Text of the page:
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Following 9/11, some state and local entities established “fusion centers” to improve information sharing and analysis within their local jurisdiction on a range of threats. These centers, which are state and locally owned and operated, were built upon existing criminal intelligence efforts resident in state and major city police departments.
By building upon their experience and expertise in addressing criminal threats, fusion centers were uniquely positioned to identify and detect crimes or threats that may have a national security or homeland security implication. Fusion centers have since evolved to play a unique role in protecting their communities, informing decision making, and enhancing information sharing activities among law enforcement and homeland security partners.
The DHS Office of Intelligence and Analysis (I&A) helps the National Network of Fusion Centers to develop and implement their capabilities by leading federal interagency efforts to share information and products, conduct training, deploy personnel, and provide connectivity to classified and unclassified systems. After 10 years of supporting the development of these capabilities, DHS has led the implementation of federal interagency governance processes to facilitate support for fusion centers, as well as the implementation of robust processes for assessing, tracking, and monitoring the capabilities and performance of the National Network.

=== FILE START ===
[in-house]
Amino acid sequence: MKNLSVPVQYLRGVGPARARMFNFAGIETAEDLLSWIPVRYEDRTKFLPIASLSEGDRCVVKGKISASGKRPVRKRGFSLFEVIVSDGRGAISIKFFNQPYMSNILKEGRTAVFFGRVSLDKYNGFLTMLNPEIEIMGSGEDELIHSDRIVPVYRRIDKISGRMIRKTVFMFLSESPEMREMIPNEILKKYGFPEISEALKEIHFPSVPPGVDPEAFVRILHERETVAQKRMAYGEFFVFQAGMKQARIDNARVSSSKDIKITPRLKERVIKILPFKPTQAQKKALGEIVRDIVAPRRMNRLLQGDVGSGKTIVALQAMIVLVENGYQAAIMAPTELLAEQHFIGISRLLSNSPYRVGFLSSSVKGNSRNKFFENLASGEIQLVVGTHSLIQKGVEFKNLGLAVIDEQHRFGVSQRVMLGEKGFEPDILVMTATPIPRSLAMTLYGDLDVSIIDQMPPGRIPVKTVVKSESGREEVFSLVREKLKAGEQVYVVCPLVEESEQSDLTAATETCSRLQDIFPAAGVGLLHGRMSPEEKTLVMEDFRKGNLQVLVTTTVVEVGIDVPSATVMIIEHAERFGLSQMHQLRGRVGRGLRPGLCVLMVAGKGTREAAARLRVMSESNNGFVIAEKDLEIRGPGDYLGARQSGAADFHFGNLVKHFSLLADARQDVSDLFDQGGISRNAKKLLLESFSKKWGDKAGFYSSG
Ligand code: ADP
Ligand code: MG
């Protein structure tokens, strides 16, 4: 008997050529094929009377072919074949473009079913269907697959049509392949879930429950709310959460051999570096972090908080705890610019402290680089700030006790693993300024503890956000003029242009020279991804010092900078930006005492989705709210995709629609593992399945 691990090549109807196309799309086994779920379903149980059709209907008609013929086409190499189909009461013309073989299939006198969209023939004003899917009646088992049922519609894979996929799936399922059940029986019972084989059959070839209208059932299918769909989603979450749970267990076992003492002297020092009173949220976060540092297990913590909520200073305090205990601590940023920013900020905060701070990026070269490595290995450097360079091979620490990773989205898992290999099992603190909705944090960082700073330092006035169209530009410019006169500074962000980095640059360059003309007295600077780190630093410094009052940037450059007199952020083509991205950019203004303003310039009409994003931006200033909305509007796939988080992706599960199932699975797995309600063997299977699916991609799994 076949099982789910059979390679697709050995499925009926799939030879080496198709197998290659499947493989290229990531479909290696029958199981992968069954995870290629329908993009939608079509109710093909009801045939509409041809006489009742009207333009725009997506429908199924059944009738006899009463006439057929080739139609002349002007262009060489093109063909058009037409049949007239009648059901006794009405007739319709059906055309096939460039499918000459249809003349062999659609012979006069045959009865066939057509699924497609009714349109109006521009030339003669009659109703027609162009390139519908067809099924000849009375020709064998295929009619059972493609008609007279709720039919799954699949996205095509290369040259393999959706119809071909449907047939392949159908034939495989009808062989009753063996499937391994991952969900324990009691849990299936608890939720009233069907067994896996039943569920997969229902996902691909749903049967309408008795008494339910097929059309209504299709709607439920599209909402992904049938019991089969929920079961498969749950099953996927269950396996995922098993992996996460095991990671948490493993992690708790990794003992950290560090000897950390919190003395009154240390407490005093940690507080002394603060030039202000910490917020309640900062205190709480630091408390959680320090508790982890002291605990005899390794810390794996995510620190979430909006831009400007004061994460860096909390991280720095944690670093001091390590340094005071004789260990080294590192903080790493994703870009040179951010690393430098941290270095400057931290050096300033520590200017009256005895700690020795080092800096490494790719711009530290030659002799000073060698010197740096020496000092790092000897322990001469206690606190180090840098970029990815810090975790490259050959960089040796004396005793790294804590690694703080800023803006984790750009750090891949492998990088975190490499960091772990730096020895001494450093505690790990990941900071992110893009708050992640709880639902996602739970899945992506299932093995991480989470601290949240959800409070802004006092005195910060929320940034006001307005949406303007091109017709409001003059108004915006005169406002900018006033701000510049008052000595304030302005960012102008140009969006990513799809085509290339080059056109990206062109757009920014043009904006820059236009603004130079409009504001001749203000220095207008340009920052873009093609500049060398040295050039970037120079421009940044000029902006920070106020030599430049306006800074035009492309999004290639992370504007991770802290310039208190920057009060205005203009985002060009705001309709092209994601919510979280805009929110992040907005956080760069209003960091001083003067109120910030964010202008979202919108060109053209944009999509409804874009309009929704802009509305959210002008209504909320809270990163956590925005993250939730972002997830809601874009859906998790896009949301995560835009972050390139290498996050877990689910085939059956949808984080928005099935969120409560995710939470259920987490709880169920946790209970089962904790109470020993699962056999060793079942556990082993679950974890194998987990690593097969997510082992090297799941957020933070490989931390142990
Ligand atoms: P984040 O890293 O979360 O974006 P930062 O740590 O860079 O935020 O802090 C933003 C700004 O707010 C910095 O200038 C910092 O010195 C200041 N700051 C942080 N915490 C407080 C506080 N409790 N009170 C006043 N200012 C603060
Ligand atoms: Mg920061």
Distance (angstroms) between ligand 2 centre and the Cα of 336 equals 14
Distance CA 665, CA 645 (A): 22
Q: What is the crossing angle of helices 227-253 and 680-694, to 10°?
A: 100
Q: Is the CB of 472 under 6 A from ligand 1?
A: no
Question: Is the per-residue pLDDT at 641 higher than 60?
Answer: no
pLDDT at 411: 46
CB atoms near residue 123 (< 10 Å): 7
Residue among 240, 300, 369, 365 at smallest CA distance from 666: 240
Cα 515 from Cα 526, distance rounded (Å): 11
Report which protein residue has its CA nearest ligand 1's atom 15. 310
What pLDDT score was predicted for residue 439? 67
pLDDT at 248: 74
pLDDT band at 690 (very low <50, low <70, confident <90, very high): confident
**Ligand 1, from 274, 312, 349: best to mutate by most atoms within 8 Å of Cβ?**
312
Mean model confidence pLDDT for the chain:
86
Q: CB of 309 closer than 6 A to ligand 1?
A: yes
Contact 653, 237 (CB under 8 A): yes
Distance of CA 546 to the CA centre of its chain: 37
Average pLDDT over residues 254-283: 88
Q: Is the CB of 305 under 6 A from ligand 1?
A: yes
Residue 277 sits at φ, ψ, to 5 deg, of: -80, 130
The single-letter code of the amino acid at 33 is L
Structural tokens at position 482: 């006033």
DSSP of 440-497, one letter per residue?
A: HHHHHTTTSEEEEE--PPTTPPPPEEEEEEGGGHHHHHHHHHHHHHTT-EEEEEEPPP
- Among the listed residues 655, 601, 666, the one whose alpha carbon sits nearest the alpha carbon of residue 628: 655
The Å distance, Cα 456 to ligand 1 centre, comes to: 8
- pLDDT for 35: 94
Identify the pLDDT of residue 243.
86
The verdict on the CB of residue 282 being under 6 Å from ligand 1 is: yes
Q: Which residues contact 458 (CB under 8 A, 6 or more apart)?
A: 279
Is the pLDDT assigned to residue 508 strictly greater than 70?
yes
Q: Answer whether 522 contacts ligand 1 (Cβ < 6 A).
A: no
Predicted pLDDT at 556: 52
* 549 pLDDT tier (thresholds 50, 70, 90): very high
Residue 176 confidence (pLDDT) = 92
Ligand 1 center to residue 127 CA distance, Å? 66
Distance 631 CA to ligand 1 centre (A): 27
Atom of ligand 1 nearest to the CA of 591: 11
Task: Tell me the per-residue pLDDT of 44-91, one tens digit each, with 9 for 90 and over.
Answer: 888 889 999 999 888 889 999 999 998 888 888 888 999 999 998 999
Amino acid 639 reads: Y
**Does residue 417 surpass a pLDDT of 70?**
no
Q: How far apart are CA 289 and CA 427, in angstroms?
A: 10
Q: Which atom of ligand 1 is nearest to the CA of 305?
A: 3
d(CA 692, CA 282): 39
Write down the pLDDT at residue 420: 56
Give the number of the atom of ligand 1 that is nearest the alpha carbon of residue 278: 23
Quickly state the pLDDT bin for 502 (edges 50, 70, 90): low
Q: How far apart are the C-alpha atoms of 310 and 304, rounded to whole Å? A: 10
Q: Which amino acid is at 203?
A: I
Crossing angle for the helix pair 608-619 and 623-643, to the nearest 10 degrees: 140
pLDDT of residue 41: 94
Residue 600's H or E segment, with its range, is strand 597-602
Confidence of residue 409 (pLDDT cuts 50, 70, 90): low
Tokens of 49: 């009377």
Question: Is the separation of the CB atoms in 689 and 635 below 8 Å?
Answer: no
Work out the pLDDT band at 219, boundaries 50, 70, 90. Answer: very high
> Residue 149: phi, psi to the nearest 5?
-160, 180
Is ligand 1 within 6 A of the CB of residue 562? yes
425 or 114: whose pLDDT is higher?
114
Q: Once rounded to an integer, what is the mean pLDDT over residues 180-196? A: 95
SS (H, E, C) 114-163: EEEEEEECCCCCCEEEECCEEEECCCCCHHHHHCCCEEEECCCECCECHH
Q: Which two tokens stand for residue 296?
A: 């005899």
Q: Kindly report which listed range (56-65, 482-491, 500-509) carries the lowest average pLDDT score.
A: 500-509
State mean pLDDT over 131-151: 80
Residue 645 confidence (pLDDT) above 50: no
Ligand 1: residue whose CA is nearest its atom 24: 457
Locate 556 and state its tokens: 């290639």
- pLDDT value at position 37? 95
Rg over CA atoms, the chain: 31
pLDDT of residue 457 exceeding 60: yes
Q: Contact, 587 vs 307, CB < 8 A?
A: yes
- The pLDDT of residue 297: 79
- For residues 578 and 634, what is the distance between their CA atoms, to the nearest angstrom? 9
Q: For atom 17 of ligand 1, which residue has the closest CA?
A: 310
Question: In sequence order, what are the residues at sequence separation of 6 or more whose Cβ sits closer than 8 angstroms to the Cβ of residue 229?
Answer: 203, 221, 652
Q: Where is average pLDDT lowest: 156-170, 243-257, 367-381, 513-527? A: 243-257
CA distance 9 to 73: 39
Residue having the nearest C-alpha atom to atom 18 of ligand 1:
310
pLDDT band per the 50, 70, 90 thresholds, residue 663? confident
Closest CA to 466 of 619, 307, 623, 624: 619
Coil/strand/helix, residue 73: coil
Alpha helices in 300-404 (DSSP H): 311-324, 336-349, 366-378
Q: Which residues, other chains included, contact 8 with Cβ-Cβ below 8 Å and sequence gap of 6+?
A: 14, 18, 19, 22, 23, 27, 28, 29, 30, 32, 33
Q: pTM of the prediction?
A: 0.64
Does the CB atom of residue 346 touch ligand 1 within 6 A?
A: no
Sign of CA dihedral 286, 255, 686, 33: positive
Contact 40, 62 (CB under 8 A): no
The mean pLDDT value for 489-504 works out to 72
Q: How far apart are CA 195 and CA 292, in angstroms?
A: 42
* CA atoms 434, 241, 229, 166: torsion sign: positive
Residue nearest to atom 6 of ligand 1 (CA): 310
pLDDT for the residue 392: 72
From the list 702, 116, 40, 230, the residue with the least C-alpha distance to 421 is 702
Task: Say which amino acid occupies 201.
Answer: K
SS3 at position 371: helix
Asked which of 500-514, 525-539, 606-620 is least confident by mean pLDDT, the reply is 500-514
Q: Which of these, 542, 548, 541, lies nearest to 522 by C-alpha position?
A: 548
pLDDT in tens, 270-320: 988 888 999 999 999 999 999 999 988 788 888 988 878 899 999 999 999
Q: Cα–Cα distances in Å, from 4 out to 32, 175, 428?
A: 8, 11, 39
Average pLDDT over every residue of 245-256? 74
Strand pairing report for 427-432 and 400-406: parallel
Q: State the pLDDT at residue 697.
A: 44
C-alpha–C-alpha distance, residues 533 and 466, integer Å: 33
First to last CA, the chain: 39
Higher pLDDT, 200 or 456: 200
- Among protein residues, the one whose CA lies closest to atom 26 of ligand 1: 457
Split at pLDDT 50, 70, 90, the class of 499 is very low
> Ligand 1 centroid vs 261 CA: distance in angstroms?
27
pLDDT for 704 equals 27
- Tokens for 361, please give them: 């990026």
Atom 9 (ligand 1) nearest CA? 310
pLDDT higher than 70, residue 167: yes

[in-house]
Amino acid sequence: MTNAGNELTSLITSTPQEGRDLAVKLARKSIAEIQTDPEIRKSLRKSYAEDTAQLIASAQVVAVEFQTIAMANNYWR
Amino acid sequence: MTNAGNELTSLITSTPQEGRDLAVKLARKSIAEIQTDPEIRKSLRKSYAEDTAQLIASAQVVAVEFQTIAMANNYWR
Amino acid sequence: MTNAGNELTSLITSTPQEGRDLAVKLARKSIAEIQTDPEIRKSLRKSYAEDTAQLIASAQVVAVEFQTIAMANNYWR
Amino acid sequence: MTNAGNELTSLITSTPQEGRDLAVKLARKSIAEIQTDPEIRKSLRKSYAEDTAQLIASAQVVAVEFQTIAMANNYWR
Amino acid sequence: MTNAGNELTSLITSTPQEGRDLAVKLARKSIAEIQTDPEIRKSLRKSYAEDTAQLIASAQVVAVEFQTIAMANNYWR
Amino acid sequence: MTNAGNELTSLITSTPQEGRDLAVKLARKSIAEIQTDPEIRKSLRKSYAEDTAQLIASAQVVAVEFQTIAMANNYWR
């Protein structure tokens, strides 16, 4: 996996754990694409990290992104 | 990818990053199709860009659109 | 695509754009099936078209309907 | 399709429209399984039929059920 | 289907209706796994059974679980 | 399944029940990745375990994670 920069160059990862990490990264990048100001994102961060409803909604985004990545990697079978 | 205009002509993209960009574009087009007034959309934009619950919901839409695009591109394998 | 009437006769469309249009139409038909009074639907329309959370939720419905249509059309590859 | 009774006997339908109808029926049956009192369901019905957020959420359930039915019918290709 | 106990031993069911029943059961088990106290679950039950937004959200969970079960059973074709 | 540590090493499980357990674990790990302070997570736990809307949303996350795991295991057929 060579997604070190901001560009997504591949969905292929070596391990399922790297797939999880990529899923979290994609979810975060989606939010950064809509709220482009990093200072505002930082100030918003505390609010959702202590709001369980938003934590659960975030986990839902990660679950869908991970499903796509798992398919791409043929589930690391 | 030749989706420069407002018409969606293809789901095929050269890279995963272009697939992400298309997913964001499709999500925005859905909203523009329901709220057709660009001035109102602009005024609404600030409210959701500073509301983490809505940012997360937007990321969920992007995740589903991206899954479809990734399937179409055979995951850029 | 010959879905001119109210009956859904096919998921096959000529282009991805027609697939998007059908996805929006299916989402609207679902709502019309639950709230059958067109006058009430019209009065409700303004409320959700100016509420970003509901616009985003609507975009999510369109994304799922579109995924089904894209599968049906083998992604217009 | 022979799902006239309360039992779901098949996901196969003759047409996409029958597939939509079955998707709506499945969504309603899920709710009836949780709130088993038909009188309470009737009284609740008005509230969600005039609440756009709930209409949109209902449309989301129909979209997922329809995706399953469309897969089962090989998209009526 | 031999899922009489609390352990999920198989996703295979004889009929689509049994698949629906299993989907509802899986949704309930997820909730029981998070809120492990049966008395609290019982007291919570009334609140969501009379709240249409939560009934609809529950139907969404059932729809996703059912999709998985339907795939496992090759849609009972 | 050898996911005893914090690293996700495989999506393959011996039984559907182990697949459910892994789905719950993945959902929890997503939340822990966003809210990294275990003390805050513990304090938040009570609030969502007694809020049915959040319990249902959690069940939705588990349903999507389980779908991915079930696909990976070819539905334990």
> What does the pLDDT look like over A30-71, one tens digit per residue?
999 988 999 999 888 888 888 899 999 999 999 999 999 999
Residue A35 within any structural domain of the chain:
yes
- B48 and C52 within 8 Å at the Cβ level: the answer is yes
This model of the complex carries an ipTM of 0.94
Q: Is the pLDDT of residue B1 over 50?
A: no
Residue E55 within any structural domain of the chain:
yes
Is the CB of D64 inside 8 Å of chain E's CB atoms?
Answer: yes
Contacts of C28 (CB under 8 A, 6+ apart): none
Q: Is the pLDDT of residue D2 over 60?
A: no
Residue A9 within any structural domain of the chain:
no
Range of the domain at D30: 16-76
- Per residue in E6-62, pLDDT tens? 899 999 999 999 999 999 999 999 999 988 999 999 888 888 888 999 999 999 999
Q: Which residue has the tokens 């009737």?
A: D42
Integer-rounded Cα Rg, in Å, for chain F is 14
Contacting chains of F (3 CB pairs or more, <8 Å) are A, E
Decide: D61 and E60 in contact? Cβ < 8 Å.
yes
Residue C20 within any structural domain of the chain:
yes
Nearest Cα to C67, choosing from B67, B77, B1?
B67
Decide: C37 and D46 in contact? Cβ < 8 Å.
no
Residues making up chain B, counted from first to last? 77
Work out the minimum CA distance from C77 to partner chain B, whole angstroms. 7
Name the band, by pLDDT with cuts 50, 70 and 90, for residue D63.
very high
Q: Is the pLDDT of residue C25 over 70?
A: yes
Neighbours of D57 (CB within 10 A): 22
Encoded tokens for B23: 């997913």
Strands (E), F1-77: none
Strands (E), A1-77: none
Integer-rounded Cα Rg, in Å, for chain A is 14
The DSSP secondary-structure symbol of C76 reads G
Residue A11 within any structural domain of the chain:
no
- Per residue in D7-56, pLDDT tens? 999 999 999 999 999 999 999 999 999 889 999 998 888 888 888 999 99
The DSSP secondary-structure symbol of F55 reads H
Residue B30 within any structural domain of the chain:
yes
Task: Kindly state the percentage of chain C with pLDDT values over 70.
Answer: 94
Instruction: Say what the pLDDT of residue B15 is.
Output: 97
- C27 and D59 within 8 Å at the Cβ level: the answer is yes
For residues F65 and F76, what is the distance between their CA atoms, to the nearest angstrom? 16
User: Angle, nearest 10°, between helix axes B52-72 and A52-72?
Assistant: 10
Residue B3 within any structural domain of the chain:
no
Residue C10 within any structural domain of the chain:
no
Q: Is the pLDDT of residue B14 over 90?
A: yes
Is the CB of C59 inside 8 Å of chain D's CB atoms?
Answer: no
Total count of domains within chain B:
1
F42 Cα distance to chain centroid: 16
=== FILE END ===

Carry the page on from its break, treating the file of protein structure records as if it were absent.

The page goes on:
These efforts enable the federal government to leverage the unique skills and capabilities of the National Network. With timely, accurate information on potential threats, fusion centers can directly contribute to and inform investigations initiated and conducted by federal entities. The success stories featured here illustrate the value of the National Network in preventing, protecting against, and responding to criminal and terrorist threats. They also underscore the value that federal support, including that from DHS I&A, provides in achieving these accomplishments.